I now think that can be a good thing, a positive subversive act meant to signal to the larger world that we -- the non-white, the non-male, the non-heterosexual, the non-neurotypical, the non-body conforming -- are here and we are not going away any time soon. I think it can be an act that signals that we are not only building rooms of our own in new houses that we build from scratch, but we are also building additions to the older, existing houses that we've been given to inhabit.

It's More Complicated Than That, of course. Fan writers aren't always automatically on the side of angels, and things become more muddied when the author of the original work is still alive and the work is still under copyright. (This is one of many reasons why the examples in this post are all works in the public domain.) There's the question of author intent to consider, and how much that author's intent should weigh on the interpretation of the work in question. There's the question of how the fan-fic is written, and whether the newly added elements are 'merely' subversive or actively harmful. (As with, for example, fan-fic that portrays intensely triggering, disturbing, or illegal elements.) Like almost every issue there are shades of gray, and reasonable people are going to disagree here and there.

But considering all that, and purely as my personal opinion, I think that when crafted with love and respect and when shared with the intent to expand and embrace, fan-fic and slash-fic can be positive subversive acts. And I am mostly in favor of that.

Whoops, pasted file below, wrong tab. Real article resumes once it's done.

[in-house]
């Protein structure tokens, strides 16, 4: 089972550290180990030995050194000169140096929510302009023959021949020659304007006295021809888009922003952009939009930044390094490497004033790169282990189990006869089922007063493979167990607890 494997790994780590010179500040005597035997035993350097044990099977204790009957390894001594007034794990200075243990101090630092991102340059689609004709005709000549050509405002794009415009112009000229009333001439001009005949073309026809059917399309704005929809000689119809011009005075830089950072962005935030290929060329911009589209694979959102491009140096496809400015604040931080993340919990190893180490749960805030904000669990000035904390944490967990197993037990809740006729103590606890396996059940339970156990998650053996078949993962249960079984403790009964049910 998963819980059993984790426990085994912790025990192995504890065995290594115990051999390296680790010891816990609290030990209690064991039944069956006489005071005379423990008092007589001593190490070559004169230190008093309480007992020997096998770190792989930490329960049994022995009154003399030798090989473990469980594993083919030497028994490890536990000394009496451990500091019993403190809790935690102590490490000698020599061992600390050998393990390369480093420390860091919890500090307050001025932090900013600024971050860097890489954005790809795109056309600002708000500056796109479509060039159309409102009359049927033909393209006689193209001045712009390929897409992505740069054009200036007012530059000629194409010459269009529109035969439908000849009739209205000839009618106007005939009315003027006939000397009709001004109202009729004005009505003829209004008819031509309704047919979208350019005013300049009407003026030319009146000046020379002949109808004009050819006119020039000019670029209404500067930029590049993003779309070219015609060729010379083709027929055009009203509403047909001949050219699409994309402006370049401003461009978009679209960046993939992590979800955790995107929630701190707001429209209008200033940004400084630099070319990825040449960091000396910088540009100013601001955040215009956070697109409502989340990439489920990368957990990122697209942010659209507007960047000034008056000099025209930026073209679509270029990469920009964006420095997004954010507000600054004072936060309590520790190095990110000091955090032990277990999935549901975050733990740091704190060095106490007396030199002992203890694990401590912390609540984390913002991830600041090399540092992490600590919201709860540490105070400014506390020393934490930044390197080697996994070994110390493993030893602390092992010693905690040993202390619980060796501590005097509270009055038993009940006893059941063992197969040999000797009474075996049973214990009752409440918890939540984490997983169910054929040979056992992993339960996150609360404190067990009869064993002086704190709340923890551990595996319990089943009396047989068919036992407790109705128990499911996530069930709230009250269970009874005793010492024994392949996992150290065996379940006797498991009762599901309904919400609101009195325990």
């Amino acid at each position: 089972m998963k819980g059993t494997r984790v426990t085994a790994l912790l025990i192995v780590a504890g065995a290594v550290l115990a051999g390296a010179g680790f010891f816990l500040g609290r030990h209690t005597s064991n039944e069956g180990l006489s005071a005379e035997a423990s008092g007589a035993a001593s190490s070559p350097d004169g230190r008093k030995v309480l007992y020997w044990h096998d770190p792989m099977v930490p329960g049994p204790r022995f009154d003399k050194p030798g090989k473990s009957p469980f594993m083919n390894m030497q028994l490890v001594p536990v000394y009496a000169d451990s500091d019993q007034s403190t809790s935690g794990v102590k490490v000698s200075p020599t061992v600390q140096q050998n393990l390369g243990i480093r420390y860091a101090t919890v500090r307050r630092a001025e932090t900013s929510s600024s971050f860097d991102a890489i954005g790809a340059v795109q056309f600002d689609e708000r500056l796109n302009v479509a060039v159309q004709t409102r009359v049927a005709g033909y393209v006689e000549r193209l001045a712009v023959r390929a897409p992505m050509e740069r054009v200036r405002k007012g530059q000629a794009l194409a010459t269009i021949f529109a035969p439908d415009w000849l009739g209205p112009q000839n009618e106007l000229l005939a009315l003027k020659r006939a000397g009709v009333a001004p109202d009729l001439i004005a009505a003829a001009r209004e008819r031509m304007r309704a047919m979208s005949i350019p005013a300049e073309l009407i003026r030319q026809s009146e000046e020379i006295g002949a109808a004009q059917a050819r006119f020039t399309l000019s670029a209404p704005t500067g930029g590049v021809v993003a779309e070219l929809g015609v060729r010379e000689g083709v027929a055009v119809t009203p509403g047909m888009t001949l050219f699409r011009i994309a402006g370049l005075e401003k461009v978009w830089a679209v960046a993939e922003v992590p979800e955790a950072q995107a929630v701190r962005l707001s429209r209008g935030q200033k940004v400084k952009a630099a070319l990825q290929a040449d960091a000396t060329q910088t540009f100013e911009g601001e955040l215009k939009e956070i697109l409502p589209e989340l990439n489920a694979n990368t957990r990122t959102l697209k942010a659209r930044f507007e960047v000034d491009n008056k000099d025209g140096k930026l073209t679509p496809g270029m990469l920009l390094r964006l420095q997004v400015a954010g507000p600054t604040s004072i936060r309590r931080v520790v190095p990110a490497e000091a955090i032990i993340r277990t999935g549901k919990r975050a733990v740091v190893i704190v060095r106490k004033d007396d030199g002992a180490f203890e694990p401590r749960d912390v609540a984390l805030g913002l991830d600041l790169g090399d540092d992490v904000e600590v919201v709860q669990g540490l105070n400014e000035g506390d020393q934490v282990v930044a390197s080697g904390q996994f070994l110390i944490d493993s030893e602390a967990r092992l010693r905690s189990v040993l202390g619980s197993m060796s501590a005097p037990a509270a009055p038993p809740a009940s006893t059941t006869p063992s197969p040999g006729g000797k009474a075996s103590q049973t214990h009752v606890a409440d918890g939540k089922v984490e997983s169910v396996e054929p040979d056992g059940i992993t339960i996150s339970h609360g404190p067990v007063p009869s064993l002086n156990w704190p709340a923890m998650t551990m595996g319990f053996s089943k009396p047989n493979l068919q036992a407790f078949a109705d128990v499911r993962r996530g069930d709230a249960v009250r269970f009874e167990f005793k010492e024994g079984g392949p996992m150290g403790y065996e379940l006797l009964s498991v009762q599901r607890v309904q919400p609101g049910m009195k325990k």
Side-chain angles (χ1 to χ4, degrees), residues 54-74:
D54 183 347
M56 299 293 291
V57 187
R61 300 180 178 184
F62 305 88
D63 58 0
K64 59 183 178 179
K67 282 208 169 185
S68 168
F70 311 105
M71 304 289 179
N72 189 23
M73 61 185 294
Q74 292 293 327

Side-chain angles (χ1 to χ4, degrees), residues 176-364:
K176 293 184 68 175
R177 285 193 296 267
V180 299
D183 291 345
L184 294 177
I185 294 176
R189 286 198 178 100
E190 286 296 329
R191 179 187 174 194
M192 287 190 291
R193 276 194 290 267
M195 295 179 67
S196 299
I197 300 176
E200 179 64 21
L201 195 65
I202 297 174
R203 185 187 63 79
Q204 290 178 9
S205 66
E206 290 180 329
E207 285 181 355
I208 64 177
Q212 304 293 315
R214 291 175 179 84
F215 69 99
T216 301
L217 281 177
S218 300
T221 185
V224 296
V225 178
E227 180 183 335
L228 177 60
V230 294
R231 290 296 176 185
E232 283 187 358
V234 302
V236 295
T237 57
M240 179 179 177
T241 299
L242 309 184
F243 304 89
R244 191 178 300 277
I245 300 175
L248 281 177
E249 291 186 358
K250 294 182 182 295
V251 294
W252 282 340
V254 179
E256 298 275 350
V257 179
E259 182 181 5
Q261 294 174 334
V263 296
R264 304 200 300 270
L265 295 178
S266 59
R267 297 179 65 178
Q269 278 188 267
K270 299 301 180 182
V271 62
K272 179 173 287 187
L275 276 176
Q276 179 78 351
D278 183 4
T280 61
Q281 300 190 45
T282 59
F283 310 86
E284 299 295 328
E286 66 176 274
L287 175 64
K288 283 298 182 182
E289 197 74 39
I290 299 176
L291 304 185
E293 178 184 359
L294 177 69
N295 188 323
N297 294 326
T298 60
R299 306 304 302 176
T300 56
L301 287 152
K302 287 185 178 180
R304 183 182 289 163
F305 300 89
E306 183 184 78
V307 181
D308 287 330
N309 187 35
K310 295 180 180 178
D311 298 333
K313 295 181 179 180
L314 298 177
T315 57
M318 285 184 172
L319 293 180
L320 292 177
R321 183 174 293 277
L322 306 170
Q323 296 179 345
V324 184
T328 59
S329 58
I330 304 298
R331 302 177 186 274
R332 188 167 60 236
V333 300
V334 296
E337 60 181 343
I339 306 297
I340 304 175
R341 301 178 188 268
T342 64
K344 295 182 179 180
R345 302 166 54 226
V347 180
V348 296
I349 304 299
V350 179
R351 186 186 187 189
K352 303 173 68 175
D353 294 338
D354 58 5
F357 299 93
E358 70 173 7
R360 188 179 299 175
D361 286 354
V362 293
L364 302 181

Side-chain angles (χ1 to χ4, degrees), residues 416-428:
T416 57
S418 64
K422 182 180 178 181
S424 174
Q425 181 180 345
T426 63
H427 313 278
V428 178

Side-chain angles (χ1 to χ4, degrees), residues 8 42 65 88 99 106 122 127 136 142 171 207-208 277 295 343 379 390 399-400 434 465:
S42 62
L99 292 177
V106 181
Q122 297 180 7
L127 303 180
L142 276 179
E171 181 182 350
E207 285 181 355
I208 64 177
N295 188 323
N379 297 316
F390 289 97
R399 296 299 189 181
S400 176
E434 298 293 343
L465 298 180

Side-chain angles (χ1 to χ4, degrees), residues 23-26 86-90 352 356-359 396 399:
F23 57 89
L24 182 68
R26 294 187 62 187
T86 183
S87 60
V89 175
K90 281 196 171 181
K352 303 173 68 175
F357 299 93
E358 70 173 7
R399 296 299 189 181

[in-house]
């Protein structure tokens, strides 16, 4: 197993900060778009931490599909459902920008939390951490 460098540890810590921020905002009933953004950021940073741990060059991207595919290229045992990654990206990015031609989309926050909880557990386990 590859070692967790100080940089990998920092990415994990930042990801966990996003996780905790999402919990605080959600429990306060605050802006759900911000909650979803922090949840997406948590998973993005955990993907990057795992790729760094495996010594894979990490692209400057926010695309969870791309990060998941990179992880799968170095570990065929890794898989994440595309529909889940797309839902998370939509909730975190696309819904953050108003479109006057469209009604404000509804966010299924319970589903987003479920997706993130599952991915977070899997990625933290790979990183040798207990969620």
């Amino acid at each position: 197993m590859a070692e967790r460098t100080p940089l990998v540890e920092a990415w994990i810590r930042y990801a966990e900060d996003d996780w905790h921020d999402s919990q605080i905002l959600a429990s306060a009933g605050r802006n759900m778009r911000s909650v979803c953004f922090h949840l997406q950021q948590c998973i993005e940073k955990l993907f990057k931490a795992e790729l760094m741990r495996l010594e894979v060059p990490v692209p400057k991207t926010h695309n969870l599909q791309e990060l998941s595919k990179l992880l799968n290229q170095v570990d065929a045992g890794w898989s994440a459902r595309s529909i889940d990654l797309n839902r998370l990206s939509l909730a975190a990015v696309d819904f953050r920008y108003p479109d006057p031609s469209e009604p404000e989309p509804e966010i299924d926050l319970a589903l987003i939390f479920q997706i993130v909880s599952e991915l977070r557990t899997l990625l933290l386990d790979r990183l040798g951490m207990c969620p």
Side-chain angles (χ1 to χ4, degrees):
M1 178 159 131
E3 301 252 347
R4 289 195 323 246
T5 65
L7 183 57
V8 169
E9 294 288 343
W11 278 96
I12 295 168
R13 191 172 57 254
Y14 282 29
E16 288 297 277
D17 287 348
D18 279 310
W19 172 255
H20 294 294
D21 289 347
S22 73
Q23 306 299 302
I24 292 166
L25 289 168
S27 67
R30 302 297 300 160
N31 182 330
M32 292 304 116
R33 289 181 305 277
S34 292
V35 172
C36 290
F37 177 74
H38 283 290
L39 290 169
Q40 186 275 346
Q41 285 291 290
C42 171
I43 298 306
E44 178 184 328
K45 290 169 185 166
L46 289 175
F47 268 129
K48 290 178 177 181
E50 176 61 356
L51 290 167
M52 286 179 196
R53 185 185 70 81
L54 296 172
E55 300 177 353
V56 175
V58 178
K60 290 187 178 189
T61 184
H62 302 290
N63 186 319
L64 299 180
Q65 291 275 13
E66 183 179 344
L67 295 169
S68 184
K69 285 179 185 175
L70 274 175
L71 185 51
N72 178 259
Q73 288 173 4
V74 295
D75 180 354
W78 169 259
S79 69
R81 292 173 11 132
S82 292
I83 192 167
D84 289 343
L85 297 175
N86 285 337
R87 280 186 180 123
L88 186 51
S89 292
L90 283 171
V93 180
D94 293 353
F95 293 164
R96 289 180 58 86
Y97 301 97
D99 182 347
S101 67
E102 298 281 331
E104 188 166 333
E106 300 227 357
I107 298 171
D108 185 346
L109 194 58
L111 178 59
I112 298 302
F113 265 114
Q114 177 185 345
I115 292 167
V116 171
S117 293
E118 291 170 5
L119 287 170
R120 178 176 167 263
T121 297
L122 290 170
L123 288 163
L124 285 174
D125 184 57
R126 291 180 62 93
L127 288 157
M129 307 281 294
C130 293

Joanne said...

I know this isn't really the main point of your post, but on the subject of non-"issue" books with queer characters in them, I really have to recommend Malinda Lo's two YA novels, 'Ash' and 'Huntress.' Lo writes the kind of books I want to write someday: romantic fantasy adventures for teenagers where the romance just happens to be between women. Plus she's Chinese American, and although when I read 'Ash' (which is a retelling of Cinderella) I imagined it as your basic European-style fantasy setting, now that I've read 'Huntress' (which is a distant prequel), I think I was wrong and should have been imagining everything as way more Chinese. Race is ambiguous in her books, is what I'm saying. They're neat books, especially if you like YA fantasy- and I know I can't be the only one here who does.

valarltd said...

I got my start writing fanfiction back in 83, in Star Trek fandom. I discovered slash in 98, with Buffy. I eventually ended up writing in over a dozen different fandoms, including rarities like Captain Blood, K 19 The Widow Maker and Space Cowboys.

Fanfiction is inherently subversive on many levels. It takes what should be ephemera and makes it permanent. It takes the writer out of passive watcher role and into a creator role. It is a primarily female pursuit, which is subversive in itself. It takes a story that is dictated to us, sold to us as a consumer commodity and says "no, we are going to play with this and make a place for ourselves and our ideas in it."

I very seldom wrote female characters, even the canon ones. Every now and then, a Princess Leia Point-of-view fic would slip through, but I was all about the boys. I noticed a long time ago that Han Solo does everything Luke wants him to, and nothing at all the Princess asks. (don't get me started, I was list mom, fanfic writer, vidder etc.)

I moved out of fanfic and into original same-sex romance. I find both of these subversive because they go against the narrative "Gay people die young and must die by the end of the movie." I show mostly well-adjusted people, or at least ordinary people (only a few of them are depraved monsters) getting into relationships, regardless of physical ability, race, religion or social mores. I've written eunuchs and legless phone psychics, PTSD war vets and wet-behind-the-ears journalism graduates, Muslim pirates, Jewish cyberwarriors and Asatruar mechanics.

Jessewave did a post on diverse m/m books, to counter the "straight acting, pretty gay white atheist seeks same" mentality so common in the genre.

Will Wildman said...

It takes a story that is dictated to us, sold to us as a consumer commodity and says "no, we are going to play with this and make a place for ourselves and our ideas in it."